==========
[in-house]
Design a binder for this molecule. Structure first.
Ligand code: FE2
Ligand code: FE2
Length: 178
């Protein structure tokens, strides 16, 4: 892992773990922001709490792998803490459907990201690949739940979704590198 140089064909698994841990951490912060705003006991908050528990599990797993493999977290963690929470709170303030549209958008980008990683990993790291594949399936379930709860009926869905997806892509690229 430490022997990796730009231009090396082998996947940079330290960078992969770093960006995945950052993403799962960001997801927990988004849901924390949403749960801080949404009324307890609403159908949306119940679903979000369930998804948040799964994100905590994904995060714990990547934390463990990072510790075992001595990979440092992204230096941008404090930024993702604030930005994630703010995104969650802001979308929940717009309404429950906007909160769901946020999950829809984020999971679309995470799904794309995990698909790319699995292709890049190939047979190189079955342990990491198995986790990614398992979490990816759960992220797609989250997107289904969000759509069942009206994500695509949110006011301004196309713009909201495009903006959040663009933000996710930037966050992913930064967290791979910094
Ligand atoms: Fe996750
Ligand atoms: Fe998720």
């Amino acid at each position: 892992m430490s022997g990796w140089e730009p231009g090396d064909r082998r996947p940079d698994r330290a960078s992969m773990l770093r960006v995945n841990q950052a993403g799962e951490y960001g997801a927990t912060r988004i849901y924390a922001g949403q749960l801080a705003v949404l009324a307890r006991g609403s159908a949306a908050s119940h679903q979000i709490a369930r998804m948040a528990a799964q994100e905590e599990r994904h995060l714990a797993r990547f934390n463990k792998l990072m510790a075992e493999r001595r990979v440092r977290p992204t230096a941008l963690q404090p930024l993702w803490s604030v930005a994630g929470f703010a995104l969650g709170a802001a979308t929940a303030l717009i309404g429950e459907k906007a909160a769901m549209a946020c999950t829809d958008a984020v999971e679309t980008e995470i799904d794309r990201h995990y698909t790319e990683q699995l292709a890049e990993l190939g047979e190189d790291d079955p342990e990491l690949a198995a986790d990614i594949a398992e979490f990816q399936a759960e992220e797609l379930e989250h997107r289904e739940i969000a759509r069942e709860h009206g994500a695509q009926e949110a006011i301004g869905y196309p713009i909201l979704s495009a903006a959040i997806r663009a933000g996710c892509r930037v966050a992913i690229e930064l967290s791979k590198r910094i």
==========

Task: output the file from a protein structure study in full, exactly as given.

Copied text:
[in-house]
Design a binder for this molecule. Structure first.
Ligand code: FE2
Ligand code: FE2
Length: 178
């Protein structure tokens, strides 16, 4: 892992773990922001709490792998803490459907990201690949739940979704590198 140089064909698994841990951490912060705003006991908050528990599990797993493999977290963690929470709170303030549209958008980008990683990993790291594949399936379930709860009926869905997806892509690229 430490022997990796730009231009090396082998996947940079330290960078992969770093960006995945950052993403799962960001997801927990988004849901924390949403749960801080949404009324307890609403159908949306119940679903979000369930998804948040799964994100905590994904995060714990990547934390463990990072510790075992001595990979440092992204230096941008404090930024993702604030930005994630703010995104969650802001979308929940717009309404429950906007909160769901946020999950829809984020999971679309995470799904794309995990698909790319699995292709890049190939047979190189079955342990990491198995986790990614398992979490990816759960992220797609989250997107289904969000759509069942009206994500695509949110006011301004196309713009909201495009903006959040663009933000996710930037966050992913930064967290791979910094
Ligand atoms: Fe996750
Ligand atoms: Fe998720």
């Amino acid at each position: 892992m430490s022997g990796w140089e730009p231009g090396d064909r082998r996947p940079d698994r330290a960078s992969m773990l770093r960006v995945n841990q950052a993403g799962e951490y960001g997801a927990t912060r988004i849901y924390a922001g949403q749960l801080a705003v949404l009324a307890r006991g609403s159908a949306a908050s119940h679903q979000i709490a369930r998804m948040a528990a799964q994100e905590e599990r994904h995060l714990a797993r990547f934390n463990k792998l990072m510790a075992e493999r001595r990979v440092r977290p992204t230096a941008l963690q404090p930024l993702w803490s604030v930005a994630g929470f703010a995104l969650g709170a802001a979308t929940a303030l717009i309404g429950e459907k906007a909160a769901m549209a946020c999950t829809d958008a984020v999971e679309t980008e995470i799904d794309r990201h995990y698909t790319e990683q699995l292709a890049e990993l190939g047979e190189d790291d079955p342990e990491l690949a198995a986790d990614i594949a398992e979490f990816q399936a759960e992220e797609l379930e989250h997107r289904e739940i969000a759509r069942e709860h009206g994500a695509q009926e949110a006011i301004g869905y196309p713009i909201l979704s495009a903006a959040i997806r663009a933000g996710c892509r930037v966050a992913i690229e930064l967290s791979k590198r910094i």